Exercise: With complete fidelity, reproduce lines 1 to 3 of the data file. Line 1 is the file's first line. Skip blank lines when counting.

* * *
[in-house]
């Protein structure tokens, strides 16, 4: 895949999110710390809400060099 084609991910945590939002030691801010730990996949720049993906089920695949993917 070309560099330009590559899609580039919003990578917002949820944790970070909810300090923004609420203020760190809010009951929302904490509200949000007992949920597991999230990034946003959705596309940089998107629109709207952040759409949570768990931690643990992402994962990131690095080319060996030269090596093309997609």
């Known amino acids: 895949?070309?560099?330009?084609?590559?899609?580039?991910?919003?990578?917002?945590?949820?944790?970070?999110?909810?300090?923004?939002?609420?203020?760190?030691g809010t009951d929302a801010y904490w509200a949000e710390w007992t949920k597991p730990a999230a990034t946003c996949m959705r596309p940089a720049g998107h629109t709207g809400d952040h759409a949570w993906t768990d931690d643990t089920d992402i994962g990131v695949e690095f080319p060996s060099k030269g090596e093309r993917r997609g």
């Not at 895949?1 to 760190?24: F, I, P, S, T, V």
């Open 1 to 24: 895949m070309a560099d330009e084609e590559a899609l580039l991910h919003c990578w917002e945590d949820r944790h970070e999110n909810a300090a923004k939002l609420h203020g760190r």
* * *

[in-house]
């Protein structure tokens, strides 16, 4: 895949999110710390809400060099 084609991910945590939002030691801010730990996949720049993906089920695949993917 070309560099330009590559899609580039919003990578917002949820944790970070909810300090923004609420203020760190809010009951929302904490509200949000007992949920597991999230990034946003959705596309940089998107629109709207952040759409949570768990931690643990992402994962990131690095080319060996030269090596093309997609």
């Known amino acids: 895949?070309?560099?330009?084609?590559?899609?580039?991910?919003?990578?917002?945590?949820?944790?970070?999110?909810?300090?923004?939002?609420?203020?760190?030691g809010t009951d929302a801010y904490w509200a949000e710390w007992t949920k597991p730990a999230a990034t946003c996949m959705r596309p940089a720049g998107h629109t709207g809400d952040h759409a949570w993906t768990d931690d643990t089920d992402i994962g990131v695949e690095f080319p060996s060099k030269g090596e093309r993917r997609g």